7 Works

Data from: Dispersal in the sub-Antarctic: king penguins show remarkably little population genetic differentiation across their range

Gemma V. Clucas, Jane L. Younger, Damian Kao, Alex D. Rogers, Jonathan Handley, Gary D. Miller, Pierre Jouventin, Paul Nolan, Karim Gharbi, Karen J. Miller & Tom Hart
Background: Seabirds are important components of marine ecosystems, both as predators and as indicators of ecological change, being conspicuous and sensitive to changes in prey abundance. To determine whether fluctuations in population sizes are localised or indicative of large-scale ecosystem change, we must first understand population structure and dispersal. King penguins are long-lived seabirds that occupy a niche across the sub-Antarctic zone close to the Polar Front. Colonies have very different histories of exploitation, population...

Data from: Root functional parameters predict fine root decomposability at the community level

Iván Prieto, Alexia Stokes & Catherine Roumet
1. Root quality is one of the main drivers of fine root decomposition, an important process controlling soil carbon (C) and nutrient cycling in most terrestrial ecosystems. Root quality is defined by chemical and morphological traits, which differ across species and thus communities. This trait variation is assumed to follow a trade-off between resource acquisition and conservation (i.e. the root economics spectrum). To what extent root quality or the economics spectrum influence fine root decomposition...

Data from: Lifespan and reproductive cost explain interspecific variation in the optimal onset of reproduction

Emeline Mourocq, Pierre Bize, Sandra Bouwhuis, Russell Bradley, Anne Charmantier, Carlos De La Cruz, Szymon Marian Obniak, Richard H. M. Espie, Márton Herenyi, Hermann Hötker, Oliver Kruger, John Marzluff, Anders P. Møller, Shinichi Nakagawa, Richard A. Phillips, Andrew N. Radford, Alexandre Roulin, János Török, Juliana Valencia, Martijn Van De Pol, Ian G. Warkentin, Isabel S. Winney, Andrew G. Wood, Michael Griesser & Szymon M. Drobniak
Fitness can be profoundly influenced by the age at first reproduction (AFR), but to date the AFR-fitness relationship only has been investigated intraspecifically. Here we investigated the relationship between AFR and average lifetime reproductive success (LRS) across 34 bird species. We assessed differences in the deviation of the Optimal AFR (i.e., the species-specific AFR associated with the highest LRS) from the age at sexual maturity, considering potential effects of life-history as well as social and...

Data from: Environmental heterogeneity and population differences in blue tits personality traits

Gabrielle Dubuc-Messier, Denis Reale, Philippe Perret & Anne Charmantier
Environmental heterogeneity can result in spatial variation in selection pressures that can produce local adaptations. The pace-of-life syndrome hypothesis predicts that habitat-specific selective pressures will favor the coevolution of personality, physiological, and life-history phenotypes. Few studies so far have compared these traits simultaneously across different ecological conditions. In this study, we compared 3 personality traits (handling aggression, exploration speed in a novel environment, and nest defense behavior) and 1 physiological trait (heart rate during manual...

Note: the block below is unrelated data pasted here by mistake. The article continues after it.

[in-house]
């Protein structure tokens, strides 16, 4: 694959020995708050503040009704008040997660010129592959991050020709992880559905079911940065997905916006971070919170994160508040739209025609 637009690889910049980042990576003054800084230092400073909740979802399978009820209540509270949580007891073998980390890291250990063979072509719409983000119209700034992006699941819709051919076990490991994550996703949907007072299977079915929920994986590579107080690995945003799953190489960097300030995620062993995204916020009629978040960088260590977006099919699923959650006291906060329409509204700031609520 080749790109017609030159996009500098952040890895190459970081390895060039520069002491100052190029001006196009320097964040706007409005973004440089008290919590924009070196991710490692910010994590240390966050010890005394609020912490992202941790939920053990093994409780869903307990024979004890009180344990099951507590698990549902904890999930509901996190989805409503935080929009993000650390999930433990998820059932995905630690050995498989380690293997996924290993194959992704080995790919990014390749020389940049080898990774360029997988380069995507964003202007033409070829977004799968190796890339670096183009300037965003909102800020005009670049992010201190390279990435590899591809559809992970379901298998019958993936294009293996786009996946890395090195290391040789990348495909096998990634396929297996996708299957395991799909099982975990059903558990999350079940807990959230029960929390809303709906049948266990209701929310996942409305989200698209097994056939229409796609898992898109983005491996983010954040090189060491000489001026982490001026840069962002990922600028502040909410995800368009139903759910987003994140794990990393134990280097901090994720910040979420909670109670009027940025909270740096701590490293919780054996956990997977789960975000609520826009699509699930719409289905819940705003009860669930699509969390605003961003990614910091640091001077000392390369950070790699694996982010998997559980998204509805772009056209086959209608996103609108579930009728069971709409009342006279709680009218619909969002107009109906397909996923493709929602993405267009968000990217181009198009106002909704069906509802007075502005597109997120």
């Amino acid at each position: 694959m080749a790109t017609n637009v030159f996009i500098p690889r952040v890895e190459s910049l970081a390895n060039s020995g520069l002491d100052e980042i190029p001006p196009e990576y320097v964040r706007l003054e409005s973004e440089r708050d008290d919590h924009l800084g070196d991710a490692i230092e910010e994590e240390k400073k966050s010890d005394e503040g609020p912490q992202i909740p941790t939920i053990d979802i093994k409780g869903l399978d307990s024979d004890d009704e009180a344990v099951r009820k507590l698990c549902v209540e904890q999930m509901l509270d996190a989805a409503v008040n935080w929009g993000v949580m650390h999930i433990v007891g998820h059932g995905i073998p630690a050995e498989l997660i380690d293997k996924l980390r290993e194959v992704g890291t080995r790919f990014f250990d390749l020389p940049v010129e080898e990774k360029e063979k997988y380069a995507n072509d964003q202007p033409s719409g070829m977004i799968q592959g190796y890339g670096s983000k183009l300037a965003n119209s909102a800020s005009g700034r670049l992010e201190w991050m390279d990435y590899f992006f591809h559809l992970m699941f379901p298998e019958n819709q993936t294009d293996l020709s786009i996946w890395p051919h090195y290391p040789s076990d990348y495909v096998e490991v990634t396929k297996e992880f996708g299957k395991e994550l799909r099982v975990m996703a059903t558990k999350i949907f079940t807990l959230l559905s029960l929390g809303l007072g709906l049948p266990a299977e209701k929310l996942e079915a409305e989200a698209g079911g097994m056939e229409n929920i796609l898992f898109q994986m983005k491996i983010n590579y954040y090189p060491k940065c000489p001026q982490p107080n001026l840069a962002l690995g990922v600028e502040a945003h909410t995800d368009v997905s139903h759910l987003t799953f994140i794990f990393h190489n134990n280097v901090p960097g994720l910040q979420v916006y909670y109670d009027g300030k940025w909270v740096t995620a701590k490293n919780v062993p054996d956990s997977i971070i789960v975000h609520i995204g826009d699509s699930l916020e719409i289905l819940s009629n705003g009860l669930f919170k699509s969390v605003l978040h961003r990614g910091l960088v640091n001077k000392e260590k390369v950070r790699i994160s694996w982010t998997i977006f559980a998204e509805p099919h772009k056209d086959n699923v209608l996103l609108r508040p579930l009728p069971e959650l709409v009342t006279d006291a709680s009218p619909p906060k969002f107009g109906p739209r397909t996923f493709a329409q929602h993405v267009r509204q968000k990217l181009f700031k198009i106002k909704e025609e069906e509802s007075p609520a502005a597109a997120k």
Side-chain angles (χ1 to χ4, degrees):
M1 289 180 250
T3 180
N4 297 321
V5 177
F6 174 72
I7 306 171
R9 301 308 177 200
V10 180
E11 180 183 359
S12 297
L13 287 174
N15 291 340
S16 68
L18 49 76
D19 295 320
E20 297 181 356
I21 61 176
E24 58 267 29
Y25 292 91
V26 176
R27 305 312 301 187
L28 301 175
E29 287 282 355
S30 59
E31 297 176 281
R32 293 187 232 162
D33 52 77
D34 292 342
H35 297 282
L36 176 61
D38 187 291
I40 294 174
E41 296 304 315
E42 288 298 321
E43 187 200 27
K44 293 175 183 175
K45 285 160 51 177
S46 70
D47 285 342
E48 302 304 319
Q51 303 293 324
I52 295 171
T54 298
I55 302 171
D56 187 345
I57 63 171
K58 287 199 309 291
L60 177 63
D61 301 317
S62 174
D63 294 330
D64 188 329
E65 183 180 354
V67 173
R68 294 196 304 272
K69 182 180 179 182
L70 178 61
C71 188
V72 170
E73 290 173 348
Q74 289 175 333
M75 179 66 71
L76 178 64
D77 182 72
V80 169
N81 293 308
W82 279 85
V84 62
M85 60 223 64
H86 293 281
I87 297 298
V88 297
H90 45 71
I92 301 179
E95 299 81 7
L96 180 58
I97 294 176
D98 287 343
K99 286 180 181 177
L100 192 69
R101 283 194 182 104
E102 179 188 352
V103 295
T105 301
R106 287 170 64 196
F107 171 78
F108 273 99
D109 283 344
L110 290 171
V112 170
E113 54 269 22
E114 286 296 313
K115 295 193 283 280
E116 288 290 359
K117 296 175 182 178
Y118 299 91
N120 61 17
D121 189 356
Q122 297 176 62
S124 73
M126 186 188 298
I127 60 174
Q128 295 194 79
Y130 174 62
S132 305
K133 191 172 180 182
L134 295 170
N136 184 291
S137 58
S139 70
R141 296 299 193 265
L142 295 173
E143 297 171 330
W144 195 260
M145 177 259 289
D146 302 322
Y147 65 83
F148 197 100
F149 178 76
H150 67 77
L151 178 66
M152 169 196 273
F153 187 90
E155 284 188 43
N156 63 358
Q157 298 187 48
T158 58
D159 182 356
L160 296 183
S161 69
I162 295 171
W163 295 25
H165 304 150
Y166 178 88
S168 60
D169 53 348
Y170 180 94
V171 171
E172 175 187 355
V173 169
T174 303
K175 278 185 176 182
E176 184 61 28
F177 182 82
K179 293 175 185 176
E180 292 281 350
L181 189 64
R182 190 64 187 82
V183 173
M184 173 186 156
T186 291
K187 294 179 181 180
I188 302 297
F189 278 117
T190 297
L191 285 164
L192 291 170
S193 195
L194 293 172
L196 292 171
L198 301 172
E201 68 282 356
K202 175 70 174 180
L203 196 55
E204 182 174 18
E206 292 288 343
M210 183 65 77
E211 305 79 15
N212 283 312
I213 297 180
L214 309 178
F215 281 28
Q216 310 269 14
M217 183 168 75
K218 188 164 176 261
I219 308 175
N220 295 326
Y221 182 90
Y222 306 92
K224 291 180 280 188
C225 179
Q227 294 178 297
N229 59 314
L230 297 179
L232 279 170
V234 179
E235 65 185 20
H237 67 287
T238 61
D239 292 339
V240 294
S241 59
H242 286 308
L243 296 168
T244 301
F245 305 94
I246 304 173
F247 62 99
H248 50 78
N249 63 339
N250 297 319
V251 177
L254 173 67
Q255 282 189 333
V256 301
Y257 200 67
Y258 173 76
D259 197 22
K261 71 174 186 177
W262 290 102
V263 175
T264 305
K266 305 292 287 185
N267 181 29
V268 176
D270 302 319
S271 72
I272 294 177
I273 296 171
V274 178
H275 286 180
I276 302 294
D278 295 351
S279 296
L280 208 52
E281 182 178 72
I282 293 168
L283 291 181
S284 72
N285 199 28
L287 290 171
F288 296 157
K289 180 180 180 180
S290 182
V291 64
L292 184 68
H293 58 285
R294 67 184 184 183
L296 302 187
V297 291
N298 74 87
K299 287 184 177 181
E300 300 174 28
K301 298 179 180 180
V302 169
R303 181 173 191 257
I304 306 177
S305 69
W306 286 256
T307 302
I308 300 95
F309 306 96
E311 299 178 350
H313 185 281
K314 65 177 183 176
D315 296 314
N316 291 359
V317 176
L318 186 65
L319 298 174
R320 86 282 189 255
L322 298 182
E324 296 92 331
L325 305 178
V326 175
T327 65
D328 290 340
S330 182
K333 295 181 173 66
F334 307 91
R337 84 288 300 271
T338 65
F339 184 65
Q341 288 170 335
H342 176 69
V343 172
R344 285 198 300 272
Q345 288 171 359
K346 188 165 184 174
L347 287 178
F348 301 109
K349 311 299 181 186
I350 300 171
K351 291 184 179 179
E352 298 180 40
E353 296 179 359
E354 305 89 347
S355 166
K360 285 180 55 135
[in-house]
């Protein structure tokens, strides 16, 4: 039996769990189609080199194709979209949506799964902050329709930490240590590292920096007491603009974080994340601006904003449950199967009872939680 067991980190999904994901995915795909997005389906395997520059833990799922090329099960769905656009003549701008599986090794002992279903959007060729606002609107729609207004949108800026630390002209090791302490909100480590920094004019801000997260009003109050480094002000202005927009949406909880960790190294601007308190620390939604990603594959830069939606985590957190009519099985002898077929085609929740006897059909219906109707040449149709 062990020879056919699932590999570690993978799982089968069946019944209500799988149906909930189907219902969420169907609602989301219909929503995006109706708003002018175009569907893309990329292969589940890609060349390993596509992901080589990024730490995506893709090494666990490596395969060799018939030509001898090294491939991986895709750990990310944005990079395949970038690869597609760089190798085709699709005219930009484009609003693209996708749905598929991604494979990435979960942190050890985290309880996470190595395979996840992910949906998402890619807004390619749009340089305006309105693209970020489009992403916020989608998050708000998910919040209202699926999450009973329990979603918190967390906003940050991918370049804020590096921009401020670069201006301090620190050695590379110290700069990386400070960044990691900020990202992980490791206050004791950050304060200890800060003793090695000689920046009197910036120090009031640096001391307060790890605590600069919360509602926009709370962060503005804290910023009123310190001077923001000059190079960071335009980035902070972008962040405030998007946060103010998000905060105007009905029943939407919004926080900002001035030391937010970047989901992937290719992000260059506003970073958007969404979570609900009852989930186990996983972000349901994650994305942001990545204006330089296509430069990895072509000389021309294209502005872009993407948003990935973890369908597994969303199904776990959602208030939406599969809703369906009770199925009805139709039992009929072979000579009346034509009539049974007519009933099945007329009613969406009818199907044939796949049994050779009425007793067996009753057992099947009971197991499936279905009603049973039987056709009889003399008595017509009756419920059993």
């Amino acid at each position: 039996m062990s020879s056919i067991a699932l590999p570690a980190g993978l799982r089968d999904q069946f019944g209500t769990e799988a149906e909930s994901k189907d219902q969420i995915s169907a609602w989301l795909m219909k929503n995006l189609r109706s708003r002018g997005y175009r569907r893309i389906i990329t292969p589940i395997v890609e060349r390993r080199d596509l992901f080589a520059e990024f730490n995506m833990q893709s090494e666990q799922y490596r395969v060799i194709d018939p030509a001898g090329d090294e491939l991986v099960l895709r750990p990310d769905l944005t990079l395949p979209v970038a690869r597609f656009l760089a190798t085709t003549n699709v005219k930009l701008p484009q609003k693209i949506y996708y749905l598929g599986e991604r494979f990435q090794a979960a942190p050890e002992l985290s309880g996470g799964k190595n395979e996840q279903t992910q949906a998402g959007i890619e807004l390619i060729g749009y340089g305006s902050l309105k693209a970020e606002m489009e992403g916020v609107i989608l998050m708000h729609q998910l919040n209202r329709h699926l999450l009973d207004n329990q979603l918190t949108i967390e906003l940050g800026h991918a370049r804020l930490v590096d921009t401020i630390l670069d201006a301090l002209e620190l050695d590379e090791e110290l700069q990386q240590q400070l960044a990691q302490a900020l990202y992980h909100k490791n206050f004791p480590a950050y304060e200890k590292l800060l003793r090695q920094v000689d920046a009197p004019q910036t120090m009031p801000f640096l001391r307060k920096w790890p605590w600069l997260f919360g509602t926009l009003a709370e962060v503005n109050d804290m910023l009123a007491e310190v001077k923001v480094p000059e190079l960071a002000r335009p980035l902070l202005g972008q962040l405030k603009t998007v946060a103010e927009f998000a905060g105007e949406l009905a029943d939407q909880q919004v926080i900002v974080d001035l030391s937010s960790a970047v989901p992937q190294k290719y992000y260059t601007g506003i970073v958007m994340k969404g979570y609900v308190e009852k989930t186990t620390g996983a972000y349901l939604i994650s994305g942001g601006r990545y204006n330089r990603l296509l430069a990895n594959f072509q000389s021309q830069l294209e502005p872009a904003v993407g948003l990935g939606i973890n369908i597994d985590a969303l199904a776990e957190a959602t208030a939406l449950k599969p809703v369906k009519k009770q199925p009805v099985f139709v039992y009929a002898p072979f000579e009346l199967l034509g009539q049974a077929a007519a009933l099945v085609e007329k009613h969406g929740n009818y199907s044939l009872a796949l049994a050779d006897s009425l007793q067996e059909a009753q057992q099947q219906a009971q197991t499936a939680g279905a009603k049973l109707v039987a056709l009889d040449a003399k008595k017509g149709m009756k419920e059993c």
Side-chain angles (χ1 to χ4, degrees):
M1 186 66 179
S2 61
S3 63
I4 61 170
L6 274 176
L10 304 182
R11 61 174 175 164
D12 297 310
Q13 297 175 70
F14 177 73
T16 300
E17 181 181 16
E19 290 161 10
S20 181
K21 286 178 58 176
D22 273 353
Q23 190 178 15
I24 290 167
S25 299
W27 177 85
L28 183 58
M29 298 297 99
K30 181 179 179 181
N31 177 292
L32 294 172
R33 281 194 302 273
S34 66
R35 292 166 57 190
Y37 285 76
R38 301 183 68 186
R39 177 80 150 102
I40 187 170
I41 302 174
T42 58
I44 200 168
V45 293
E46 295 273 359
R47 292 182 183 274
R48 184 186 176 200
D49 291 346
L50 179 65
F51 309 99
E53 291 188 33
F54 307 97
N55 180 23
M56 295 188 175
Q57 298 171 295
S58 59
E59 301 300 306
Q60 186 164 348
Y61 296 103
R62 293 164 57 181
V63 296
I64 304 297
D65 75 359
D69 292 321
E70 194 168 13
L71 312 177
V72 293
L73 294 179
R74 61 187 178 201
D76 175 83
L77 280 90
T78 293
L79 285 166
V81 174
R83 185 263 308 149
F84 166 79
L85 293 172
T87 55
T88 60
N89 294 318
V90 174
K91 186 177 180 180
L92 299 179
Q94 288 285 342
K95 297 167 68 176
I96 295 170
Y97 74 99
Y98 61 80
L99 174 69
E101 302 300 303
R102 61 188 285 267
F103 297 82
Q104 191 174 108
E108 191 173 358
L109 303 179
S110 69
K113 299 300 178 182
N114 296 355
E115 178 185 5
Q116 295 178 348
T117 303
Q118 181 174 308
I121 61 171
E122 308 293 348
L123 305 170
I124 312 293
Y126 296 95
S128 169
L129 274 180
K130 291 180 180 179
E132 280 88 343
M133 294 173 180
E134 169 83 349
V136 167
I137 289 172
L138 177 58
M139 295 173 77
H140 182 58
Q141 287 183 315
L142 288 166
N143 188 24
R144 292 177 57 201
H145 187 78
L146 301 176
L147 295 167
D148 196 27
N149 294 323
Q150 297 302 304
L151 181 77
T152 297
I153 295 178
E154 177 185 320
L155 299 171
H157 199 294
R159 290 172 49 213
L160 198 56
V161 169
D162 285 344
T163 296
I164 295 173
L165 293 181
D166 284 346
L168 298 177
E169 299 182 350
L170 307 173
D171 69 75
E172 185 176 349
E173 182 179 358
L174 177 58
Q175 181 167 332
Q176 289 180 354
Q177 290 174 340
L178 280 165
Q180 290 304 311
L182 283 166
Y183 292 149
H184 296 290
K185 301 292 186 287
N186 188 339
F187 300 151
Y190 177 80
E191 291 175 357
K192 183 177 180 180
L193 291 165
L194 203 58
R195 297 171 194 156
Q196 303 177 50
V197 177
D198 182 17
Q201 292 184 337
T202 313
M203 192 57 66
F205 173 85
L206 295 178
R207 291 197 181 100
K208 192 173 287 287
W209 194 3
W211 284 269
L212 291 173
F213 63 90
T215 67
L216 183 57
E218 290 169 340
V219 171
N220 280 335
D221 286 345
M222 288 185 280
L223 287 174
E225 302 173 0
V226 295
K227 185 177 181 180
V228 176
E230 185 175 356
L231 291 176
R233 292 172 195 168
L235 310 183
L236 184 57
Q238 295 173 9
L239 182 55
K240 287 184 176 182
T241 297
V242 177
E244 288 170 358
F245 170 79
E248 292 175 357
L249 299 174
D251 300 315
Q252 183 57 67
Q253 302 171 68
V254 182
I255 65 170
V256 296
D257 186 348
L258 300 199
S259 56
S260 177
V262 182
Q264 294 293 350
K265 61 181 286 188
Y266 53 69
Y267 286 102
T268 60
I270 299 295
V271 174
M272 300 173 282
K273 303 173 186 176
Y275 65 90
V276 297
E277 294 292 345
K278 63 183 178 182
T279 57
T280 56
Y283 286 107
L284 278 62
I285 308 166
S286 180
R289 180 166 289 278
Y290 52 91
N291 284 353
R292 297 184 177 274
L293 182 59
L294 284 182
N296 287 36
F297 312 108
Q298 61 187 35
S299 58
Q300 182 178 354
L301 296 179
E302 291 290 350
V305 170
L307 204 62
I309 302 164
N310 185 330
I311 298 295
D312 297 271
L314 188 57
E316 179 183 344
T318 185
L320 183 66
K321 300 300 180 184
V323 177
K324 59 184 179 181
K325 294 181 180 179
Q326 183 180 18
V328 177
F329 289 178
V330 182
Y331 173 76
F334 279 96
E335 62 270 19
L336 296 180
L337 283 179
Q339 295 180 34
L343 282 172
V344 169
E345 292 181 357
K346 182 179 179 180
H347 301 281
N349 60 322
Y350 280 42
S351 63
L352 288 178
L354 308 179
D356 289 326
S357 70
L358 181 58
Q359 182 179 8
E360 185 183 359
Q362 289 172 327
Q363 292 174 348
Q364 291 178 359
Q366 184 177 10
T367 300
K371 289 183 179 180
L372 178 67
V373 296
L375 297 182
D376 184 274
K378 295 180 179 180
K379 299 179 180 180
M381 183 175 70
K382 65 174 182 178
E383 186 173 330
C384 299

Data from: Competitor relatedness, indirect soil effects and plant co-existence

Bodil K. Ehlers, Patrice David, Christian F. Damgaard & Thomas Lenormand
How species co-exist is a central question in ecology. Niche differentiation can prevent two species from excluding each other by competition. However, this interaction can vary in space because of internal factors such as intraspecific genetic variation, or external ones such as the presence of a third species. While these effects have been repeatedly observed, their joint effect on the outcome of competition has rarely been considered. We experimentally investigated how a dominant ecosystem engineer...

Data from: Potential for coupling the monitoring of bush-crickets with established large-scale acoustic monitoring of bats

Stuart E. Newson, Yves Bas, Ashley Murray & Simon Gillings
1. Monitoring biodiversity over large spatial and temporal scales is crucial for assessing the impact of global changes and environmental mitigation measures. However, large-scale monitoring of invertebrates remains poorly developed despite the importance of these organisms in ecosystem functioning. Exciting possibilities applicable to professional and citizen science are offered by new recording techniques and methods of semi-automated species recognition based on sound detection. 2. Static broad-spectrum detectors deployed to record throughout whole nights have been...

Data from: The effects of archipelago spatial structure on island diversity and endemism: predictions from a spatially-structured neutral model

Fanny Gascuel, Fabien Laroche, Anne-Sophie Bonnet-Lebrun & Ana S. L. Rodrigues
Islands are particularly suited to testing hypotheses about the ecological and evolutionary mechanisms underpinning community assembly. Yet the complex spatial arrangements of real island systems have received little attention from both empirical studies and theoretical models. Here, we investigate the extent to which the spatial structure of archipelagos affects species diversity and endemism. We start by proposing a new spatially-structured neutral model that explicitly considers archipelago structure, and then investigate its predictions under a diversity...

Registration Year

  • 2016

Resource Types

  • Dataset


  • Centre d'Ecologie Fonctionnelle et Evolutive
  • University of Oxford
  • University of Washington
  • University of Quebec
  • University of Cambridge
  • University of Aberdeen
  • University of Extremadura
  • University of Lausanne
  • Australian National University
  • Aarhus University